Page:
Chemicals In the Classroom – A Quick Guide to Safety and Purity
Chemicals are a necessary part of a science curriculum, but the dangers they pose to students, staff, and the environment don’t need to be. One of the most effective ways to minimize risks is by using alternatives to hazardous chemicals – letting you provide the same learning opportunities in a safer classroom environment.
Click to download the chart below for recommended substitutions for common hazardous chemicals.
Chemical purity grades
Because chemical purity can affect cost, it’s important to know the purity differences in the chemicals available to you, so you can make your school’s limited budget go further. Think about the type of results you’re looking for in your chemistry activities, then choose the purity grade accordingly.
Lab-grade chemicals meet a minimum purity standard and are suitable for general laboratory applications and demonstrations that don’t require qualitative results. They’re good for elementary, middle school and high school activities that have a simple color or temperature change as an observed result.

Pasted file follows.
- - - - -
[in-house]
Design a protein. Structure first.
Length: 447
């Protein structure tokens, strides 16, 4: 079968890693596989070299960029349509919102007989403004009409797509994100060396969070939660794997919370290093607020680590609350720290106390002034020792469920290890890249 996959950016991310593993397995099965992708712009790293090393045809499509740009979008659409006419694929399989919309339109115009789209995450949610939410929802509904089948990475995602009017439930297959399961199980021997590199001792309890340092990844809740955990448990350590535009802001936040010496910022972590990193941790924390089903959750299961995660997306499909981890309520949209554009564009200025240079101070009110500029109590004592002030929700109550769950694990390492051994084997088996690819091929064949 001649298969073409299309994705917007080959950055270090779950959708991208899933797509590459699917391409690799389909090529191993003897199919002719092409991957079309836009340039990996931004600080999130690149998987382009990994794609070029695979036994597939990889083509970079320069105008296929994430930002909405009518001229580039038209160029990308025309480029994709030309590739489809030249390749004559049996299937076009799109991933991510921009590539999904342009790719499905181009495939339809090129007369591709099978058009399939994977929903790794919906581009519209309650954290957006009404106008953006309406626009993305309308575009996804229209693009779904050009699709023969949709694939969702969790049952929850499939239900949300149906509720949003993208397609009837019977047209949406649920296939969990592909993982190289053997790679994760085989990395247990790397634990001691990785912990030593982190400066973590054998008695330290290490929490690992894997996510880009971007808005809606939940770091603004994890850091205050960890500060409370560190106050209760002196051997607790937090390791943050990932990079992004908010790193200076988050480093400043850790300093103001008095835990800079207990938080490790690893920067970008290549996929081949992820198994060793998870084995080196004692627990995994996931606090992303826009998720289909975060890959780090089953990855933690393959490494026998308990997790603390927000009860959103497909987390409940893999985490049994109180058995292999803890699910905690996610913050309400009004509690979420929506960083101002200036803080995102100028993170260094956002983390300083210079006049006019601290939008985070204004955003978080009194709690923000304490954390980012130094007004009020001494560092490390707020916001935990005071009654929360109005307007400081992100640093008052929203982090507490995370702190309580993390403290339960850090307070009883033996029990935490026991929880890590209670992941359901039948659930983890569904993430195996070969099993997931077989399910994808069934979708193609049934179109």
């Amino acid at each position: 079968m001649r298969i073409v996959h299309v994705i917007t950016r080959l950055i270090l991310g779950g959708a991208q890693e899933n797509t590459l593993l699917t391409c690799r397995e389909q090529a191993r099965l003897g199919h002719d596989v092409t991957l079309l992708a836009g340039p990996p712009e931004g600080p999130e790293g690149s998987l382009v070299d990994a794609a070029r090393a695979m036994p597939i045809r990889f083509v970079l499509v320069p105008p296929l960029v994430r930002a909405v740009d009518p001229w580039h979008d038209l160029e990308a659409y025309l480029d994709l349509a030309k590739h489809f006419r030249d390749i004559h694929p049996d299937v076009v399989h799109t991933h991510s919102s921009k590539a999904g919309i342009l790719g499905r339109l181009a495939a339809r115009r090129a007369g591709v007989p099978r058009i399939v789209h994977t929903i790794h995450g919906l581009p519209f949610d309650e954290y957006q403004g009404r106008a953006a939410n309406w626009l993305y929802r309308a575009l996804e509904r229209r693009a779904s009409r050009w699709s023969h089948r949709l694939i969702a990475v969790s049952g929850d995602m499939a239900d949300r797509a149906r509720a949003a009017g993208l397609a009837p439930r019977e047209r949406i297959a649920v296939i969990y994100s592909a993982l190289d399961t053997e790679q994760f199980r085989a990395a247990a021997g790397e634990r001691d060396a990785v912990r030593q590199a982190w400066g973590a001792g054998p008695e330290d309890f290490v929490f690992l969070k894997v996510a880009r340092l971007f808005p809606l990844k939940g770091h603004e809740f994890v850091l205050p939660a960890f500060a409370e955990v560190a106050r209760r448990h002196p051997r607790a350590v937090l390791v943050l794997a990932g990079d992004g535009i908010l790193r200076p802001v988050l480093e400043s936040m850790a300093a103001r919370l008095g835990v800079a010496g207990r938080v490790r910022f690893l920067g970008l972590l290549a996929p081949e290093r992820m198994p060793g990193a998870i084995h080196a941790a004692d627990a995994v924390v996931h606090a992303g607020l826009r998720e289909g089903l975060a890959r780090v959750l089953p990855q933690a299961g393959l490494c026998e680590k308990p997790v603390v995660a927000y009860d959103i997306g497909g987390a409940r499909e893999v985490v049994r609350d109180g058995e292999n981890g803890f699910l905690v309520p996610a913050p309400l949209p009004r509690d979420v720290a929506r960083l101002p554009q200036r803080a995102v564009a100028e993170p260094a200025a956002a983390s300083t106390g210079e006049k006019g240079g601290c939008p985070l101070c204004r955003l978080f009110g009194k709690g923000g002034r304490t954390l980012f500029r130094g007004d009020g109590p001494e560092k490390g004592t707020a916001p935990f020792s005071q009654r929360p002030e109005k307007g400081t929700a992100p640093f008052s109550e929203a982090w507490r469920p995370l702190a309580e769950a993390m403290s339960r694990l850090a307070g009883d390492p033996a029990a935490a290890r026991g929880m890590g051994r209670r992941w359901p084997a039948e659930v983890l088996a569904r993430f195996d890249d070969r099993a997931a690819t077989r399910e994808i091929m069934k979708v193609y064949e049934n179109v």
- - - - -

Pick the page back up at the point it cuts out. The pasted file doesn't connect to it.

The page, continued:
Reagent-grade chemicals are certified to have impurities below specific levels set by the American Chemical Society. They work well for college-level courses and activities that require precise qualitative results. Reagent-grade chemicals have a higher purity than lab-grade chemicals and therefore can have a higher cost.
As always, if you have any questions about chemicals or anything else, just ask the Ward’s Science Plus Us team at firstname.lastname@example.org. Our in-house scientists and technicians are ready to answer even the toughest inquiries.
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